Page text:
Carter Place

Carter Place in Blair

A Blair assisted living facility is on lockdown after two residents and a healthcare worker tested positive for COVID-19 this week. This is the first coronavirus outbreak at a nursing facility within the state of Nebraska, according to Terra Uhing, executive director of Three Rivers Public Health Department.

Uhing said the confirmed cases — a woman in her 90s and a man in his 70s — were identified Monday and Tuesday, respectively. They are residents of Carter Place, a 30-bed facility with 23 residents, located at 1028 Joann Drive.

A third resident and a second healthcare worker are also symptomatic, but have not been confirmed. Uhing said it is likely they won't be tested, but be considered probable cases due to the known outbreak at the facility.

Washington County has five confirmed cases of COVID-19. The first two positive cases were travel related.

“We have a very dire situation here in Washington County with the assisted living facility,” Uhing said Thursday during a press conference with city and county officials at the Blair City Council Chambers.

Uhing said the man in his 70s was hospitalized and was improving. She expected he could be discharged as soon as Thursday.

Carter Place has been “aggressively responding” to the situation and are working with state and local health officials to ensure the safety and care of its residents, Uhing said.

All communal activities at the facility have ceased and residents are quarantined in their separate rooms. Residents' temperatures are checked three times a day, every eight hours. Facility staff are also being screened before they are allowed inside.

Additionally, cleaning and disinfecting is taking place throughout the facility. Meals are being served to residents in their rooms.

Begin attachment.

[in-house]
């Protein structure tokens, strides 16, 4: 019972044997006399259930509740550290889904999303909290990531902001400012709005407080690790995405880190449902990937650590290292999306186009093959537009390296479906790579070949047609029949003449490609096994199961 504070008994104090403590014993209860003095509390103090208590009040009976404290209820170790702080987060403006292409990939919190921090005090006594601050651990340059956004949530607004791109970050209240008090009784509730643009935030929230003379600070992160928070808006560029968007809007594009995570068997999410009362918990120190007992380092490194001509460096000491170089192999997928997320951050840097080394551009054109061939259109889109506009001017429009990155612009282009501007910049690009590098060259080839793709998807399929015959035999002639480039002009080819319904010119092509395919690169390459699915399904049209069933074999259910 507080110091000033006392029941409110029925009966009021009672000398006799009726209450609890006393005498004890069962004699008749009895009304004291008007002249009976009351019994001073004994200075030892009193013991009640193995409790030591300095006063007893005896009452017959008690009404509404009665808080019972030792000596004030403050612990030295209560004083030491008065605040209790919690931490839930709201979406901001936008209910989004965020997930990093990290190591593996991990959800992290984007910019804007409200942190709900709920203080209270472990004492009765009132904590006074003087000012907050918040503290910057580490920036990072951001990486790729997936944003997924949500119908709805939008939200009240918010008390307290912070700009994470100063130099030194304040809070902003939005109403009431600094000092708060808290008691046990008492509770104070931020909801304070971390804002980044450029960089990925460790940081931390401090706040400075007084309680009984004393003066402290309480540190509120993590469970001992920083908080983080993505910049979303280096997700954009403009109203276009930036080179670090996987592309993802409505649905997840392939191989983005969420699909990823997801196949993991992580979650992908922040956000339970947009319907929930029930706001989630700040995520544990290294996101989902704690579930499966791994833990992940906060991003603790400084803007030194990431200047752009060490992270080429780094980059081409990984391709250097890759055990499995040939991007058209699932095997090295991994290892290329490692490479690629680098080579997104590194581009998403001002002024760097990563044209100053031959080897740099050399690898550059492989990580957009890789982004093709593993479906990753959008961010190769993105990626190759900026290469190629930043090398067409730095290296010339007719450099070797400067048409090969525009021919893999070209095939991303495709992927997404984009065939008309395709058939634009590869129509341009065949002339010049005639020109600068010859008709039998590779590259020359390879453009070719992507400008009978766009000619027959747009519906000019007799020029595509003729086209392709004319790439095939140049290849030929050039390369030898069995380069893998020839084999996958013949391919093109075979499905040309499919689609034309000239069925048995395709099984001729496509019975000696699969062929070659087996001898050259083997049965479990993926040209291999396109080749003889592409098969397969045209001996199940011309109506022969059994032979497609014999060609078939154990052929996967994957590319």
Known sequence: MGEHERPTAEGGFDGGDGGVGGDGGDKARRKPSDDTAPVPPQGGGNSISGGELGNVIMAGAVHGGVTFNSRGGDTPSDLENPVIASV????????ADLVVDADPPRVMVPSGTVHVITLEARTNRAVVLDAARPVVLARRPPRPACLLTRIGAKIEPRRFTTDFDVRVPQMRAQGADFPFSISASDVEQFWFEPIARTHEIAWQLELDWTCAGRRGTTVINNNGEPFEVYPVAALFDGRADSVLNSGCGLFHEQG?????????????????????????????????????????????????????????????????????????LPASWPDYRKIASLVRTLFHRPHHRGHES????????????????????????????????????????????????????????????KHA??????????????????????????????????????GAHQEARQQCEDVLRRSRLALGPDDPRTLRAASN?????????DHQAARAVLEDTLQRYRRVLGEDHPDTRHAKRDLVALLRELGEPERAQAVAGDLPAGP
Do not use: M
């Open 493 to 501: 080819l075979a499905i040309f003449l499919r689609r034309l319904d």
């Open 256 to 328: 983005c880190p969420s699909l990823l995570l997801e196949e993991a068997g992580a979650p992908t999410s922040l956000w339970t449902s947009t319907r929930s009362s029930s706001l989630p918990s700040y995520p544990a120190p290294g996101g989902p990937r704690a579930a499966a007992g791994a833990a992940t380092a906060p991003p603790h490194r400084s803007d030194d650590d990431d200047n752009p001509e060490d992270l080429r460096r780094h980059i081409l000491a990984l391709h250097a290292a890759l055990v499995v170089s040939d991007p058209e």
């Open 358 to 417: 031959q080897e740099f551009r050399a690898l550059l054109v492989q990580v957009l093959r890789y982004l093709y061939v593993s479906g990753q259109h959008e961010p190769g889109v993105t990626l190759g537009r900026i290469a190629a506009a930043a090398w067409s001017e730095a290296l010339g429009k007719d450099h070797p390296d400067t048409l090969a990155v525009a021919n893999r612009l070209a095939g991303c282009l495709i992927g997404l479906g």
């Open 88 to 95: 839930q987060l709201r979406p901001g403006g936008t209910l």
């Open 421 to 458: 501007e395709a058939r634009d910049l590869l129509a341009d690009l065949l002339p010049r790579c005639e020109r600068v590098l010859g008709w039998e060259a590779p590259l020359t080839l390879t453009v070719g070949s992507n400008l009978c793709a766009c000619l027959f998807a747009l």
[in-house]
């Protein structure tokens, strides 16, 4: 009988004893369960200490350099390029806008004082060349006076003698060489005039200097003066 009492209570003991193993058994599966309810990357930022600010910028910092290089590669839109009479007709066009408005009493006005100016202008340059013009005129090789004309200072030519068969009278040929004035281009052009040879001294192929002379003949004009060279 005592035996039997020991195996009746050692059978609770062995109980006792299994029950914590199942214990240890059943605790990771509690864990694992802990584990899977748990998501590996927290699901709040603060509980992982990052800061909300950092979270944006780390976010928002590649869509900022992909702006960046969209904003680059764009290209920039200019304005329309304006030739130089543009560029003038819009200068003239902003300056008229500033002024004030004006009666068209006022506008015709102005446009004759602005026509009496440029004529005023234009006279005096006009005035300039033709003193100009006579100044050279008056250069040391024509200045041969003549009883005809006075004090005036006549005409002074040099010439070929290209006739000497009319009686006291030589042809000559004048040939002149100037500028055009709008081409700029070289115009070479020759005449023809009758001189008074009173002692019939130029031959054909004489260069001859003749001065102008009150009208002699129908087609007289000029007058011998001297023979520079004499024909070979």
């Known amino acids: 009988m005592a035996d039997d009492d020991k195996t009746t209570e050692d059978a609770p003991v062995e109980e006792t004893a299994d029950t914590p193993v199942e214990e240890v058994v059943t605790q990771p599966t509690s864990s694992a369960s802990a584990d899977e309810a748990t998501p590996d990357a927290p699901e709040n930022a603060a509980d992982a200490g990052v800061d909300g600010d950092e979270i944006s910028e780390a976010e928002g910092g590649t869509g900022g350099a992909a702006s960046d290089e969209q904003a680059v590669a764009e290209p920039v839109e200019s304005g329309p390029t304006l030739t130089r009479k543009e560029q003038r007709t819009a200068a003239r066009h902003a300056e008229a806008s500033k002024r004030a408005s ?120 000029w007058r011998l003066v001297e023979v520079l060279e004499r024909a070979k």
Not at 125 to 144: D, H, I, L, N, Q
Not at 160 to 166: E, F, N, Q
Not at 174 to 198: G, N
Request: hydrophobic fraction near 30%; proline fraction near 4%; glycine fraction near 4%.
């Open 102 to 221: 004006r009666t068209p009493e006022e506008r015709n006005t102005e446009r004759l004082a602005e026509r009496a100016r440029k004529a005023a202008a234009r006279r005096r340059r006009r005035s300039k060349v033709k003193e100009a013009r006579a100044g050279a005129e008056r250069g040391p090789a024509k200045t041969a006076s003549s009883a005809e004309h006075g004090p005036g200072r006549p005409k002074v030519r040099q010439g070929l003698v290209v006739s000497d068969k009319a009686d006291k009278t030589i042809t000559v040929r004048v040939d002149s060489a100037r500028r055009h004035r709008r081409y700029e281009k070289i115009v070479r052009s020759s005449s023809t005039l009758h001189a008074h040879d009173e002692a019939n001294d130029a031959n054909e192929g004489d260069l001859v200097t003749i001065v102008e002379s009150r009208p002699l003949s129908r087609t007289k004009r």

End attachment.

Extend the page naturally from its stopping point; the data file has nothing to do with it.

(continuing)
Family members can visit with residents via their room windows.

Local and state health officials investigating the outbreak have pinpointed the entry point of the illness to the facility through a healthcare worker. Uhing said the individual caught COVID-19 through community transmission at an event that was not within Washington County. Uhing declined to identify that event. However, she did say there was already another case potentially tied to that event.

Blair city officials confirmed Blair Rescue transported the first Carter Place patient to Memorial Community Hospital and Health System on Saturday.

Washington County Emergency Manager Dan Douglas said four EMTs responded to the call. The patient, at the time, did not show any signs or symptoms of COVID-19. Rescue personnel were not wearing full personal protection equipment and have since been placed in self-quarantine.

Douglas said they are checked twice a day for any symptoms. However, none have shown any signs of the illness, he said.

“If they were to develop any symptoms, that is then when it would trigger us to the next step where we would potentially do some testing or go ahead and possibly consider them as a probable case of COVID-19,” Uhing said.

Blair City Administrator Rod Storm told the Enterprise the city is working to help those first responders who are in quarantine.

“The city will do everything within our powers to work with the first responders, the department and their employers to see that they are taken care of during the time of quarantine that is the result of their volunteering to serve the citizens of our community,” he said.

The ambulance that was used on the call, Douglas said, has been decontaminated.

“There was no risk of it transferring to anybody else,” Douglas said.

Douglas has strongly suggested that all EMS personnel treat every call a potential coronavirus case until they can determine that it is not.

Washington County Dispatch will screen 911 callers with questions, including if they have symptoms or have traveled, to try to identify any coronavirus-related calls.

“So EMS knows right away how to approach the situation,” Douglas said.

Uhing reminded residents that if they are feeling sick, they need to stay home and to practice social distancing.

“This is not because we don't want people to be able to do what they need to do,” she said. “This is because we are really trying to save lives and ensure that our vulnerable populations are as healthy as they possibly can.”

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